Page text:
At the 64th gathering of the World Health Assembly in May 2011, a majority of delegates reaffirmed the view that the remaining stocks of variola virus, the causative agent of smallpox, should be destroyed. But consideration of precisely when that action should be taken was postponed for several years pending completion of crucial research addressing the development and assessment of tools for the treatment and control of the disease should it ever reoccur. This agenda of research includes the development and testing of vaccines and therapeutics, at the heart of which involves understanding the mechanisms that govern variola’s virulence and its capability to evade host defenses. But how can these questions be addressed when naturally occurring disease has been eliminated and no satisfactory animal model exists?
In the absence of smallpox, human infections with monkeypox virus constitute the most significant communicable Orthopoxvirus-associated illnesses extant in the world today. Monkeypox is not a direct research-proxy or substitute for smallpox (monkeypox is a zoonosis that can affect a broad range of animal taxa, whereas smallpox was an exclusive disease of humans) but vaccines and therapies developed for smallpox may be useful for the prevention and treatment of monkeypox, and many of the cornerstones of pathogenesis and immunomodulation for both variola and monkeypox probably emanate from conserved homologous processes. Both variola and monkeypox viruses are considered threat agents that could be used unlawfully for acts of bioterrorism. With monkeypox, there is the added question of its persistence in nature, and its potential for expansion in a world that is now more than 30 years without smallpox. A significant expansion of monkeypox in the world today could pose many of the same challenges as a resurgence of smallpox.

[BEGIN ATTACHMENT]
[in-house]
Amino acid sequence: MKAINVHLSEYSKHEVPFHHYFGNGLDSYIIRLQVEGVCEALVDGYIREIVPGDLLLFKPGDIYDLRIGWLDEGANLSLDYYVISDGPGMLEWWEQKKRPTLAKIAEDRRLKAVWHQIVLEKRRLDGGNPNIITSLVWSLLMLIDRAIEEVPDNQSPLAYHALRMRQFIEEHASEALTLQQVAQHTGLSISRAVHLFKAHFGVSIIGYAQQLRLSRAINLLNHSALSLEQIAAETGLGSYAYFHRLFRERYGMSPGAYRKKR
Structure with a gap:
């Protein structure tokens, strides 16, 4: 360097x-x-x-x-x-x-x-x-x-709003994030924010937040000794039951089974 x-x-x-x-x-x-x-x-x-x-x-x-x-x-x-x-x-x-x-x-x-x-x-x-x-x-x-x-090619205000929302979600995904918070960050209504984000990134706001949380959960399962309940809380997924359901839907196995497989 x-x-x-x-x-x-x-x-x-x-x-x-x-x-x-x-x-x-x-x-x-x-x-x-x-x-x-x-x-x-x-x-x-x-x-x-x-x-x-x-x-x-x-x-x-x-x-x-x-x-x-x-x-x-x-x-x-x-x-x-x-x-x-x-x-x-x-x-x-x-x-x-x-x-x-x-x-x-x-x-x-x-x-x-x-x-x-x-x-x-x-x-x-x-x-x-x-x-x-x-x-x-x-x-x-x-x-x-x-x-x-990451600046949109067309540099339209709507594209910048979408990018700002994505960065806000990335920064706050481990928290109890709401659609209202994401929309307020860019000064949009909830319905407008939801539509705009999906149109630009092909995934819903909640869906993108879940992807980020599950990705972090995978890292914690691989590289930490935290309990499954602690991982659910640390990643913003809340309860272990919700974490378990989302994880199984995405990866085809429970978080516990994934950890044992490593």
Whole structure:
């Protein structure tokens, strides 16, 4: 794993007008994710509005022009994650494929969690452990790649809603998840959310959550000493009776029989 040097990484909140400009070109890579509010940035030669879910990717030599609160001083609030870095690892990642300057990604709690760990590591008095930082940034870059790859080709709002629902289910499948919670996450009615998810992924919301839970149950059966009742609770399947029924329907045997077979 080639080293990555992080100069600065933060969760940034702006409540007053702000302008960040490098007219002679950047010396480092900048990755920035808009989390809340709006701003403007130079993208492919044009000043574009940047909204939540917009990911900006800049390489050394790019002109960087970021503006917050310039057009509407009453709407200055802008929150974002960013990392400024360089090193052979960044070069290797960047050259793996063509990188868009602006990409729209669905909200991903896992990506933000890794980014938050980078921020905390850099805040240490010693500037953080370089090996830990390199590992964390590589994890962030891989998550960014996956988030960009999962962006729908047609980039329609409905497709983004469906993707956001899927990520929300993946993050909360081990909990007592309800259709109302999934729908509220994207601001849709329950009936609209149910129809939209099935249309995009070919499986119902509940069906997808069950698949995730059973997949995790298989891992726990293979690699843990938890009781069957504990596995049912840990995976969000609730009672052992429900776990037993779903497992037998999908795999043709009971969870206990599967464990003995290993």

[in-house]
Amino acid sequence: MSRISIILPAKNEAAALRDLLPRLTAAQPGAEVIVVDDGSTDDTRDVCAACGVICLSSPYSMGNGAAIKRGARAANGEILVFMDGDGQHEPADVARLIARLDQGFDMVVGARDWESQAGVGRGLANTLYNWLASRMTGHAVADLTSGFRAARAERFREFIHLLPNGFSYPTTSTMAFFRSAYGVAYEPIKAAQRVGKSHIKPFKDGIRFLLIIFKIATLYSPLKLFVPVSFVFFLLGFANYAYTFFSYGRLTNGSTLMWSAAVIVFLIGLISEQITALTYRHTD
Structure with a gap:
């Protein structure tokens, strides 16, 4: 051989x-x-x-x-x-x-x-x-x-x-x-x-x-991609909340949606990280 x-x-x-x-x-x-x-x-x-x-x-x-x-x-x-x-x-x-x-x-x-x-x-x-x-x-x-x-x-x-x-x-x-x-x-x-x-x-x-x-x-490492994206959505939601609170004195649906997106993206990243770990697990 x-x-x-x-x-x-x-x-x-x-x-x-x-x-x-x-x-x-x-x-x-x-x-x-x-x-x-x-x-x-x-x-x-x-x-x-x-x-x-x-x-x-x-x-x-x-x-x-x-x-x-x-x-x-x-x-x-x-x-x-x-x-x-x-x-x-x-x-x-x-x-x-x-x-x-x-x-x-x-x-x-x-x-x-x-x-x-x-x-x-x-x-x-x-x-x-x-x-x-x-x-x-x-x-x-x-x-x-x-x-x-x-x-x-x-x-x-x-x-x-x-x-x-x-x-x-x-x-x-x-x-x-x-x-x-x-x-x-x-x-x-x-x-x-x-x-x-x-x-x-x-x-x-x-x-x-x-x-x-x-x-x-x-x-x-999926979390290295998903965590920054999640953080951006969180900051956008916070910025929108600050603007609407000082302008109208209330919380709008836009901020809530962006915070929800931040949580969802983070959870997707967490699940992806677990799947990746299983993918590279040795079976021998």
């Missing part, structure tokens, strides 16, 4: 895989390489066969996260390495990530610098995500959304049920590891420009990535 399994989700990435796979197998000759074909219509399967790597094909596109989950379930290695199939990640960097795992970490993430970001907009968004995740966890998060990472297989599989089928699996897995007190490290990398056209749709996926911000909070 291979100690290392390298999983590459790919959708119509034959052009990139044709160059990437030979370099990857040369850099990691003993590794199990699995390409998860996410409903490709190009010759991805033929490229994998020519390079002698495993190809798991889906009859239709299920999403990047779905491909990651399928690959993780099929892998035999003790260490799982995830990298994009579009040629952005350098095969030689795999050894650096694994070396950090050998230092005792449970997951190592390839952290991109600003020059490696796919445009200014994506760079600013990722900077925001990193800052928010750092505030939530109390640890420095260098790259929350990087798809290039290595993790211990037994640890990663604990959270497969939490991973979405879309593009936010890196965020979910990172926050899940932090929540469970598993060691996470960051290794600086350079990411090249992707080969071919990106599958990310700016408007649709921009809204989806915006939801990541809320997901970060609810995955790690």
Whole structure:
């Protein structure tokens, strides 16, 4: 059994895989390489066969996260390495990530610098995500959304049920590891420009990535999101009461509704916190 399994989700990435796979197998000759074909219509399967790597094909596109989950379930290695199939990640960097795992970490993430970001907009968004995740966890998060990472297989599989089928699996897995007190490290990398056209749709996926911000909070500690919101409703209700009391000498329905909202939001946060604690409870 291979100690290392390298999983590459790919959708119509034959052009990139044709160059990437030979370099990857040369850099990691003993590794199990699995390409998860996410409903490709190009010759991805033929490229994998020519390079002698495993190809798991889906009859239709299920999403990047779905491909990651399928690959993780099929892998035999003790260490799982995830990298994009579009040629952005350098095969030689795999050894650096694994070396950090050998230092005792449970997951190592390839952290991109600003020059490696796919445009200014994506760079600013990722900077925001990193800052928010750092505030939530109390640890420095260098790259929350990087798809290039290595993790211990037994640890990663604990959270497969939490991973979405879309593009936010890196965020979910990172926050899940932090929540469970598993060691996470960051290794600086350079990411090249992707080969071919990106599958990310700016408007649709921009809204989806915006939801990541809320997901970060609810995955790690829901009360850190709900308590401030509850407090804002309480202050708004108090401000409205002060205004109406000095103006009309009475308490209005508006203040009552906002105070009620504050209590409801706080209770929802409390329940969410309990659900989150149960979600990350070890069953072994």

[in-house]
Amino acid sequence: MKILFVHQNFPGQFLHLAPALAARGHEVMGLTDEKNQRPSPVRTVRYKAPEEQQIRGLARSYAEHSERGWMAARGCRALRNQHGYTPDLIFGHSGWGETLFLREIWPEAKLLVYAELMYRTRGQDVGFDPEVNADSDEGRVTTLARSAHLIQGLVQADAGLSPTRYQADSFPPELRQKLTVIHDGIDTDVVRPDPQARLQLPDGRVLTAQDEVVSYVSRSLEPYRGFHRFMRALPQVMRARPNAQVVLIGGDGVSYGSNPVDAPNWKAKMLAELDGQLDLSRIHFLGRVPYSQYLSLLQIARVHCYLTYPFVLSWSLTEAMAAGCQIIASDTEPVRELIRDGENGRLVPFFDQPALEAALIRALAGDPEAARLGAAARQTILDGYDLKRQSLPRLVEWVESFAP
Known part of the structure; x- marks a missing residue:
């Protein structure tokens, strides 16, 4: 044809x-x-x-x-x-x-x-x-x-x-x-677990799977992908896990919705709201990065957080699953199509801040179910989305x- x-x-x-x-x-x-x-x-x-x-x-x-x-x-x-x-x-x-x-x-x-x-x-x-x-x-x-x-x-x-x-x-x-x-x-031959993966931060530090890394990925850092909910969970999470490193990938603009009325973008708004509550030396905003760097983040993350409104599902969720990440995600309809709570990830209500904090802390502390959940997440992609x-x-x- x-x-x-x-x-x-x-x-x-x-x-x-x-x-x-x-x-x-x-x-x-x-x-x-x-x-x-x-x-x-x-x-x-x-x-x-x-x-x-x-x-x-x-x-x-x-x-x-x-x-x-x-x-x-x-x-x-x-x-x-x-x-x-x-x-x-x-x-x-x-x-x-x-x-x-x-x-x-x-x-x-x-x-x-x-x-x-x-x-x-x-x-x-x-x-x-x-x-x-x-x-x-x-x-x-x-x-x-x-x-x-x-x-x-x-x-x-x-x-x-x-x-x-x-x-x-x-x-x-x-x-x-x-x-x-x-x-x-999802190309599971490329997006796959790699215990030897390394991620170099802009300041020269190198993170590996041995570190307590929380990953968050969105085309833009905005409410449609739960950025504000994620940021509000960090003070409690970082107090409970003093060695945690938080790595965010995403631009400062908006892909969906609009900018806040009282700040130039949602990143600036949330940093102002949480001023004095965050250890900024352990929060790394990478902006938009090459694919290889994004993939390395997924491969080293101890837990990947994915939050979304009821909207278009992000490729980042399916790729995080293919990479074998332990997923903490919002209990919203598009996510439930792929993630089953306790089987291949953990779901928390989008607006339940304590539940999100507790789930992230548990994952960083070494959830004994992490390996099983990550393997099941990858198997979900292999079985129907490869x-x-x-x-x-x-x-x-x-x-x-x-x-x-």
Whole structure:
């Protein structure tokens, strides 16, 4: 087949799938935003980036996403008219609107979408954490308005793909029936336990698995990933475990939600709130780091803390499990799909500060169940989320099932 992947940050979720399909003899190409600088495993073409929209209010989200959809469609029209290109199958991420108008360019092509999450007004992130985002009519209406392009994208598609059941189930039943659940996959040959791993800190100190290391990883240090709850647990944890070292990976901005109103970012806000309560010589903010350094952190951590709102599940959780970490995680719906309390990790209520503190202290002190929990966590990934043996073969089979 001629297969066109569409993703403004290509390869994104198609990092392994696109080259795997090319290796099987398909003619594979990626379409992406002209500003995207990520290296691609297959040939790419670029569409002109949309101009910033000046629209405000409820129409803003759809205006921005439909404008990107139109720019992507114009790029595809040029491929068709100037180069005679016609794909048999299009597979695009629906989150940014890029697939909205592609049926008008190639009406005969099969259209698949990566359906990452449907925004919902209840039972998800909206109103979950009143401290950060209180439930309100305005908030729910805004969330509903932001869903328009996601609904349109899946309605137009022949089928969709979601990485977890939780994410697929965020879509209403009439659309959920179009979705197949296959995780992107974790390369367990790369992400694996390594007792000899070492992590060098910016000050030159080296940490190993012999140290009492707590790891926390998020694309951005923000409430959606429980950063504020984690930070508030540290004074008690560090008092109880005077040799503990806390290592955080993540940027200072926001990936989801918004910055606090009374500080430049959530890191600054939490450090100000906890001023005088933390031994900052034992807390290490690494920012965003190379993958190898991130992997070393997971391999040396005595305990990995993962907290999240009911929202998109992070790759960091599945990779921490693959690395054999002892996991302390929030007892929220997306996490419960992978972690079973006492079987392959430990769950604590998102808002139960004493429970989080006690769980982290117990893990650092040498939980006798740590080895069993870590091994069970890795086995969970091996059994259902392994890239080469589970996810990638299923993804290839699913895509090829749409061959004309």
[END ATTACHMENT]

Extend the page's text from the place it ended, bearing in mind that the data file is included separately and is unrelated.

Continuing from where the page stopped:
Outbreaks of human monkeypox after cessation of smallpox vaccination. Trends Microbiol. 10 Jan 2012
The recent observation of a surge in human monkeypox in the Democratic Republic of the Congo (DRC) prompts the question of whether cessation of smallpox vaccination is driving the phenomenon, and if so, why is re-emergence not universal throughout the historic geographic range of the virus? Research addressing the virus’s mechanisms for immune evasion and induction, as well as that directed at elucidating the genes involved in pathogenesis in different viral lineages (West African vs Congo Basin), provide insights to help explain why emergence appears to be geographically limited. Novel vaccines offer one solution to curtail the spread of this disease.